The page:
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Details of Grant 

EPSRC Reference: GR/R58949/01
Title: Polymeric Detection Systems for Micro Analysis
Principal Investigator: de Mello, Professor AJ
Other Investigators:
Bradley, Professor DDC de Mello, Professor J
Researcher Co-Investigators:
Project Partners:
Department: Chemistry
Organisation: Imperial College London
Scheme: Standard Research (Pre-FEC)
Starts: 01 April 2002 Ends: 31 March 2005 Value (£): 521,390
EPSRC Research Topic Classifications:
Analytical Science Chemical Biology
EPSRC Industrial Sector Classifications:
Environment Chemicals
No relevance to Underpinning Sectors Pharmaceuticals and Biotechnology
Related Grants:
Panel History:  
Summary on Grant Application Form
Over the past decade the development of miniaturized total analysis systems (m-TAS) has become a dominant trend in the physical and biological sciences. Growth in this area has primarily been driven by a need for rapid measurements at low concentrations within the fields of DNA analysis, drug discovery & screening, medical diagnostics, environmental analysis and chemical production. In its true sense m-TAS possess many advantages with respect to their conventional (larger) analogues. These include improved efficiency with respect to sample size, response time, cost, throughput and automation. To create portable m-TAS for high-sensitivity measurements in point-of-care or in-the-field applications (e.g. medical diagnostics) the entire instrumental footprint must be of an appropriate size. To date, no detection technique offers miniaturized, highsensitivity multi-point detection at low cost. A detector possessing these characteristics, although not essential for laboratory analyses, is a prerequisite for creating portable m-TAS. In this proposal we set out to address this need, by defining a novel approach based on semiconducting polymer device-technology. Using high-efficiency techniques (inkjet printing and photolithography) arrays of closely spaced LED/photocell pairs will be fabricated at precisely determined locations within microfluidic chip structures. These complex arrays of micron sized PDS units will be used to analyze multi-component chemical systems in real-time. Novel data analysis methods will be used to improve information content and extend the efficacy of multi-point detection, and the intrinsic optical properties of semiconducting polymers will be harnessed to create a three-colour recognition system.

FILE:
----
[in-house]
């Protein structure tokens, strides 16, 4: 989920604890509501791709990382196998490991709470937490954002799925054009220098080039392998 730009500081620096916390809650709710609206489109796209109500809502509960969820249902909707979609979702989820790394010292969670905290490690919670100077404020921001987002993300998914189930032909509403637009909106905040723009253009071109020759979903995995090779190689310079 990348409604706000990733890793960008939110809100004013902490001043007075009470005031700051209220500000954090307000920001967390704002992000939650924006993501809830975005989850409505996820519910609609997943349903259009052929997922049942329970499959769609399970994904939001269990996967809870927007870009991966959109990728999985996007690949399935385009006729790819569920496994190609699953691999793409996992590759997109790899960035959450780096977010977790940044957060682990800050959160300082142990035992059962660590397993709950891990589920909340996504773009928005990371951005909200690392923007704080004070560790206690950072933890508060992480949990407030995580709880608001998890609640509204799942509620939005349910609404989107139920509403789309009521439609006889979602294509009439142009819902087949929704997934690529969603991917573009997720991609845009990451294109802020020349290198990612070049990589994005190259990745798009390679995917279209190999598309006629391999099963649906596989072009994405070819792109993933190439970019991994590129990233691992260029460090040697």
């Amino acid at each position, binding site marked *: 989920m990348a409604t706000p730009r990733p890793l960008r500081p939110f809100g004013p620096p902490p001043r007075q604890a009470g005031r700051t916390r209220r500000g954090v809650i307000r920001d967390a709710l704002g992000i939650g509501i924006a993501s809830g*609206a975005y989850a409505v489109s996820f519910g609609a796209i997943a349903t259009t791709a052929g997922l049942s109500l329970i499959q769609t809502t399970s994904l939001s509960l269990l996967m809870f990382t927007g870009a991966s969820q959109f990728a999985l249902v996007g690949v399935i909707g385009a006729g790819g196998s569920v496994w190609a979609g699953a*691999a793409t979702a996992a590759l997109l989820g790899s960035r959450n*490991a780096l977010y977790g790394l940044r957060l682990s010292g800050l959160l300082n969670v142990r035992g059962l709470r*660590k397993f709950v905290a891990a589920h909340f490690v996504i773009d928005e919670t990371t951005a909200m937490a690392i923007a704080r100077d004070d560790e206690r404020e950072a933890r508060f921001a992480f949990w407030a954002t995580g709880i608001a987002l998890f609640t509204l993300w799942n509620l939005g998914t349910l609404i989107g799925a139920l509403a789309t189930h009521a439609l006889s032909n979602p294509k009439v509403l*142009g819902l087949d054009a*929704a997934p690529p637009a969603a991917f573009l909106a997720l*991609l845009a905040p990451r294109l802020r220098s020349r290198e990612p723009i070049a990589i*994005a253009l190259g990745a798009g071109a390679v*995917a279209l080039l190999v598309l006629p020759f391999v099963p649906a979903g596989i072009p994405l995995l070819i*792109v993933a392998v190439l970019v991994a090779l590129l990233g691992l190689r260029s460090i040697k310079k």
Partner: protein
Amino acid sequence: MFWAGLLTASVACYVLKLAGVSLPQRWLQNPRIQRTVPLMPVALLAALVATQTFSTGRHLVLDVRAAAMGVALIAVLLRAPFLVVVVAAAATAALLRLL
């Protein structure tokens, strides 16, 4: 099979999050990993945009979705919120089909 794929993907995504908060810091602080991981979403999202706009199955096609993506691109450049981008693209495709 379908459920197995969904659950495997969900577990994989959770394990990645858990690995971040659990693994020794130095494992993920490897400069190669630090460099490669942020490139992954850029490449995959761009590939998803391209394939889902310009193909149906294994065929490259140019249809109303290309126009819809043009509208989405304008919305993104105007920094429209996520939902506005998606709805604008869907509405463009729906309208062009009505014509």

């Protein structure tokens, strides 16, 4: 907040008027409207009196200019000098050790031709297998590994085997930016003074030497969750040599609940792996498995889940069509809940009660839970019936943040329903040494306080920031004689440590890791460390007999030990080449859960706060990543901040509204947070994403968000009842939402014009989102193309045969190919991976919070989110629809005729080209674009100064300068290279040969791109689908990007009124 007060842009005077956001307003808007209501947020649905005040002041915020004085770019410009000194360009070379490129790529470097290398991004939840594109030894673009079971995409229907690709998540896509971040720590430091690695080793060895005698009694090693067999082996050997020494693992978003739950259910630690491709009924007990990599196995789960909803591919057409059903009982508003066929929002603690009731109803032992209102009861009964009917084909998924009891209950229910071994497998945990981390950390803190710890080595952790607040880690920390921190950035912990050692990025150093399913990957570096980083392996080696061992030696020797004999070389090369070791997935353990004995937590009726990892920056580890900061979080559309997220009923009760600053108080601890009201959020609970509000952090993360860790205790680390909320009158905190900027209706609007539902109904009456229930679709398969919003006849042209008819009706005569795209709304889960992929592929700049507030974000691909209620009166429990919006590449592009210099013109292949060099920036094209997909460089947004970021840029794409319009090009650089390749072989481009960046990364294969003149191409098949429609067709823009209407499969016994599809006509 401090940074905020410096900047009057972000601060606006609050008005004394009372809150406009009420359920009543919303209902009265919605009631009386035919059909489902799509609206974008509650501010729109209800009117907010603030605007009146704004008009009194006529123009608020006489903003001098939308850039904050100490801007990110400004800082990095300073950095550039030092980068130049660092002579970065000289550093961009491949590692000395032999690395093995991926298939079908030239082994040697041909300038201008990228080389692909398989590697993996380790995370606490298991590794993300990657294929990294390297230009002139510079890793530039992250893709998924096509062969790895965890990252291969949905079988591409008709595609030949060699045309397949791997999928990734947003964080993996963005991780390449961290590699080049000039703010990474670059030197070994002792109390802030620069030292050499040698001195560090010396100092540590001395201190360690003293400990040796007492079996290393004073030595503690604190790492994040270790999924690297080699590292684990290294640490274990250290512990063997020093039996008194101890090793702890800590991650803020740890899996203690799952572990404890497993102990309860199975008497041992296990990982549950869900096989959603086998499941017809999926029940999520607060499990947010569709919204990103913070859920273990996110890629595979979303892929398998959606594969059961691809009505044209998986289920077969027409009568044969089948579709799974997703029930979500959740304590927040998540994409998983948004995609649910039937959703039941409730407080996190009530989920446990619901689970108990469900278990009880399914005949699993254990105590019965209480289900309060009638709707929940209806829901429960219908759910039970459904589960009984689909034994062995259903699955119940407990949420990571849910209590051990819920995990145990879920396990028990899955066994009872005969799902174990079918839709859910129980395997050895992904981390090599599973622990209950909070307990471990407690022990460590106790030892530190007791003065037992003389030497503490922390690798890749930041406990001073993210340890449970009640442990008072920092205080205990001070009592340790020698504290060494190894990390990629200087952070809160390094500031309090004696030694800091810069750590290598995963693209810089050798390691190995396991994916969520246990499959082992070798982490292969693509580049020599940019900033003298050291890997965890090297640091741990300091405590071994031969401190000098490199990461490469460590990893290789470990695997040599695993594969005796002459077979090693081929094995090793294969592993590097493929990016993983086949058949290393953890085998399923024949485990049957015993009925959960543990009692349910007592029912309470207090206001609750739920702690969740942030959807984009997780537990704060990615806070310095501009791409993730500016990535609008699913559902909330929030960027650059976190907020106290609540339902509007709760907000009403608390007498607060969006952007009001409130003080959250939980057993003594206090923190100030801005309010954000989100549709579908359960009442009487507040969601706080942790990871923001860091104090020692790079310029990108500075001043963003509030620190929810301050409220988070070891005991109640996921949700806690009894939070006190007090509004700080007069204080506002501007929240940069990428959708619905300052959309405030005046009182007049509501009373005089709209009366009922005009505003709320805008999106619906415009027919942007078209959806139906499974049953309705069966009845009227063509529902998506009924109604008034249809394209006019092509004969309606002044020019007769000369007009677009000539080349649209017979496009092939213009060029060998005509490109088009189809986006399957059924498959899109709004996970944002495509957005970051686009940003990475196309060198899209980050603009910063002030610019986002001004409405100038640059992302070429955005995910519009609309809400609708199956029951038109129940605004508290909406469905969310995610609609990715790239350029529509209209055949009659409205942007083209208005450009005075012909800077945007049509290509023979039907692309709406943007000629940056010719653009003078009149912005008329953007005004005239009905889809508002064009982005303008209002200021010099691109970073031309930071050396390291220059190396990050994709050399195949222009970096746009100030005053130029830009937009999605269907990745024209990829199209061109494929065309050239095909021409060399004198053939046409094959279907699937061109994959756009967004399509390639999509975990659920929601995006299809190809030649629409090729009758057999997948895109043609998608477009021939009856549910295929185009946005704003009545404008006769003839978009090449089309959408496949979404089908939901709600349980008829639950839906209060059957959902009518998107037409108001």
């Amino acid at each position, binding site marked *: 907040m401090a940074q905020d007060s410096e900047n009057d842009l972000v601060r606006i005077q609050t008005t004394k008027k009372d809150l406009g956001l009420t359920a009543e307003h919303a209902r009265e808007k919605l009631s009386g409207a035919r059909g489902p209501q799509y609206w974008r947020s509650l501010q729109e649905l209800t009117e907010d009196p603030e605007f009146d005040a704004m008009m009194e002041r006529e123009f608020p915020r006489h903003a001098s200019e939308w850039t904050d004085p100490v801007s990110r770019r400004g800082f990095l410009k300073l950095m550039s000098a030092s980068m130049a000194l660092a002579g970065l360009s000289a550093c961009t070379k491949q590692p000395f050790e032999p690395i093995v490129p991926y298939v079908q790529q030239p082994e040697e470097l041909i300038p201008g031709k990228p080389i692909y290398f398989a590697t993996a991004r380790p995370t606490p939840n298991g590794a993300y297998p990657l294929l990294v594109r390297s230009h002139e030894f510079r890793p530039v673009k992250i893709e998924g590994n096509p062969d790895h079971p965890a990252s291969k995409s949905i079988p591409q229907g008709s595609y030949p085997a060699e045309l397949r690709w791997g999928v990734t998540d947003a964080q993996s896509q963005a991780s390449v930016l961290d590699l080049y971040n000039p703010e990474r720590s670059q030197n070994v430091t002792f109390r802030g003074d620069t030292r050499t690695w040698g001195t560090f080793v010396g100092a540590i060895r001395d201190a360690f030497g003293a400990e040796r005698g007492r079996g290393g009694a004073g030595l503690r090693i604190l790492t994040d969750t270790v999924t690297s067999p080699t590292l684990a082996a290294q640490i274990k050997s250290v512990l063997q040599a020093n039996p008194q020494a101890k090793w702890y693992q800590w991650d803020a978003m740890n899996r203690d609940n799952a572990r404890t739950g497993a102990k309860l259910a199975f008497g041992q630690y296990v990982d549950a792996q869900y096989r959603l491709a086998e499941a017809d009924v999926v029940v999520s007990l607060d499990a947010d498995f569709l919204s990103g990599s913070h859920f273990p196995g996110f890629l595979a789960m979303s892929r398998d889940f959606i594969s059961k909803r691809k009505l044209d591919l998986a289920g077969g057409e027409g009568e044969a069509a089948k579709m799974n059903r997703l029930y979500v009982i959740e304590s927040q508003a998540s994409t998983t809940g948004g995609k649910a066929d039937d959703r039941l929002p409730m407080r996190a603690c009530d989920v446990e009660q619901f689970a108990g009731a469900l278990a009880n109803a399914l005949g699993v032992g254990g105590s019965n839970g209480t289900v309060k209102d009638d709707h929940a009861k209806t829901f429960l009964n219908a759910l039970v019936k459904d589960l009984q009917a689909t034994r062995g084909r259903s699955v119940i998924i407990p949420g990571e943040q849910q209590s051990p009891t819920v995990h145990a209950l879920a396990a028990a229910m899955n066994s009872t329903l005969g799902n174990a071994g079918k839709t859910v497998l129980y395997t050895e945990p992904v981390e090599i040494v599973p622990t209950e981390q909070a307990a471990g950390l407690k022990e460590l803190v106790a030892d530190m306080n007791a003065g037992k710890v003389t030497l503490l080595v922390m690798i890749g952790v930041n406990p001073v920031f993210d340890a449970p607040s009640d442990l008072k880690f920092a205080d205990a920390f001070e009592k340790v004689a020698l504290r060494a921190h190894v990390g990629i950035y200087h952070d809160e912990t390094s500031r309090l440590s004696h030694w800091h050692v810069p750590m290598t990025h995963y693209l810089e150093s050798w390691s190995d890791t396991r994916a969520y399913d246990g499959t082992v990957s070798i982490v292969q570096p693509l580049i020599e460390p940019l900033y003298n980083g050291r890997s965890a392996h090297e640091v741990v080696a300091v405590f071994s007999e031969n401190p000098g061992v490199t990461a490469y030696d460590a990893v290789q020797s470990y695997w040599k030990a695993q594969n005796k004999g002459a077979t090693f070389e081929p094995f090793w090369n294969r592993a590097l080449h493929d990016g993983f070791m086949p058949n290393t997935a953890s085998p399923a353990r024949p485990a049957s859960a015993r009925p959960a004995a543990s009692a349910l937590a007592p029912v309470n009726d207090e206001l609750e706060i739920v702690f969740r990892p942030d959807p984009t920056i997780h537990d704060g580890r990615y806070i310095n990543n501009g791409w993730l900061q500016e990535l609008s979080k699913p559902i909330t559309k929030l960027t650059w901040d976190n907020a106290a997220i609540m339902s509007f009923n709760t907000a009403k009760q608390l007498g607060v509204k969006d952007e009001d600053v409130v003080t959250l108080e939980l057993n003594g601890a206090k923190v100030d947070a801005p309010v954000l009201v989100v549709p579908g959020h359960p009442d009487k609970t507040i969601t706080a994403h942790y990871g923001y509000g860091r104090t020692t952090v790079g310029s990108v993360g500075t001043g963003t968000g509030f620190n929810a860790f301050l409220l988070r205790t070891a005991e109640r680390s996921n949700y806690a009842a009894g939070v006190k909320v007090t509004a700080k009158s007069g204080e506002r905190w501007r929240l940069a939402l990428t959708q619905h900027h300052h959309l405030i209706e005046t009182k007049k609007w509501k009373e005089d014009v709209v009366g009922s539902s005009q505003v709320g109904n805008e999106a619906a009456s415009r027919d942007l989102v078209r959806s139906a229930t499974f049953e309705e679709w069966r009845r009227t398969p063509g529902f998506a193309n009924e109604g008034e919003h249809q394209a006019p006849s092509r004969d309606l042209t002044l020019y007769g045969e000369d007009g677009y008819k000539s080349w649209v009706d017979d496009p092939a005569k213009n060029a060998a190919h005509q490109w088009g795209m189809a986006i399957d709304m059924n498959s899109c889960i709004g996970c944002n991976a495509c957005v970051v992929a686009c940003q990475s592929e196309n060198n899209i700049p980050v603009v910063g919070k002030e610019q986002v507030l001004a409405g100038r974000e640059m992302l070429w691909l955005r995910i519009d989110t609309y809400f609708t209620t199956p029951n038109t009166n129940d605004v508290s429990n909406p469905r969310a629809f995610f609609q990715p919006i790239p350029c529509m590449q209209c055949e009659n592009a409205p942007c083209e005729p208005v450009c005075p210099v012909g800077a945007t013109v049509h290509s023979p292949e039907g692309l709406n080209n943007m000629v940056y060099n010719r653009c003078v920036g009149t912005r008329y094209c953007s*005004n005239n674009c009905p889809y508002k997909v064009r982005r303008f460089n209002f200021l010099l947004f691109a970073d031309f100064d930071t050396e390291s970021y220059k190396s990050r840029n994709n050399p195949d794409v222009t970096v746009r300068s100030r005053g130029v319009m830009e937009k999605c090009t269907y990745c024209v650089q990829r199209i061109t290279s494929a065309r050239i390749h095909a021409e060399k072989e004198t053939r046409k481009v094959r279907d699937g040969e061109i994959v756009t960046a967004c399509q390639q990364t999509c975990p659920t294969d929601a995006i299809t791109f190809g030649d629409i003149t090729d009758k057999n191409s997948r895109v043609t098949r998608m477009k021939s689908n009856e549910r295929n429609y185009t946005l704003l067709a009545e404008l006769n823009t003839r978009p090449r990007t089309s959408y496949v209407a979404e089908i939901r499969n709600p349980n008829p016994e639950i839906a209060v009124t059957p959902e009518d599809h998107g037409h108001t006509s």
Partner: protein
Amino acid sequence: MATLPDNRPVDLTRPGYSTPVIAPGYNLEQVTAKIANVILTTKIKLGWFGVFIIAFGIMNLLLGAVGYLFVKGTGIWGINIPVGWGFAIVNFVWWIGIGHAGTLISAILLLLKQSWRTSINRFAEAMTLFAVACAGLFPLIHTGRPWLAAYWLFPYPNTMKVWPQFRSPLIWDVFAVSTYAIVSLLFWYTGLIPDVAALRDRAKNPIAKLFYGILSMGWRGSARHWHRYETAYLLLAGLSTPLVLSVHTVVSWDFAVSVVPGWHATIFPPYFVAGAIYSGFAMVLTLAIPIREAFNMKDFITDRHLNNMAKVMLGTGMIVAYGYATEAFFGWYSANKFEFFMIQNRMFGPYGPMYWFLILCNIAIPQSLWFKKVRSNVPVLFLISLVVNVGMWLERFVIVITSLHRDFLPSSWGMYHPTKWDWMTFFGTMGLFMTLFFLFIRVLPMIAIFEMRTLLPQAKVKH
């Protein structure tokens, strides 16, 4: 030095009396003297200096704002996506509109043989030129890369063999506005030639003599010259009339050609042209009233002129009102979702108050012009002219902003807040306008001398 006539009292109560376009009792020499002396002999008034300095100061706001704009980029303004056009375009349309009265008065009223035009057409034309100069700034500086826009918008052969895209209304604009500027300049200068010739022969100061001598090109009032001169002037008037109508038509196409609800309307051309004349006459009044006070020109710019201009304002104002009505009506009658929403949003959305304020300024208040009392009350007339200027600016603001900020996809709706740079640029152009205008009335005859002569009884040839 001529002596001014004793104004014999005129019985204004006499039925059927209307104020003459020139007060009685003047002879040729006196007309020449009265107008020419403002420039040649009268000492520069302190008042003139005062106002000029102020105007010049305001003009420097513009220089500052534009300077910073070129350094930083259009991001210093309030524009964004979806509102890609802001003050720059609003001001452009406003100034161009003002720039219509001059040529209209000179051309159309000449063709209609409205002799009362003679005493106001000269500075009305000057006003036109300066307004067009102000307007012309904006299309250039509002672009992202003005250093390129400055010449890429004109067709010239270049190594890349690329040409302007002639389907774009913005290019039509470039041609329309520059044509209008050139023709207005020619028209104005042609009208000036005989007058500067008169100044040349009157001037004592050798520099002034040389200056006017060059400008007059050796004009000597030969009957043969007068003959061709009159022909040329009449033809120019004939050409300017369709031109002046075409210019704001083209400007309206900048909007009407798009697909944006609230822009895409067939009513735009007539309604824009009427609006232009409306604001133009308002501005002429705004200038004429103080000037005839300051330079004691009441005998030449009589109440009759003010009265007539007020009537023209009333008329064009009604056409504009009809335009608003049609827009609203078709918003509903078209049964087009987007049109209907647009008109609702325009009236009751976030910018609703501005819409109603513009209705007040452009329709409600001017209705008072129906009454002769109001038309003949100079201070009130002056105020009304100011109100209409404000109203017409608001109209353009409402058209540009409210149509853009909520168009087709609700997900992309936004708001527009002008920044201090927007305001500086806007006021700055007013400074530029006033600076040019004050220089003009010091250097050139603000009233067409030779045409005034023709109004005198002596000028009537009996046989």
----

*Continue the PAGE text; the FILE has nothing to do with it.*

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Organisation Website: http://www.imperial.ac.uk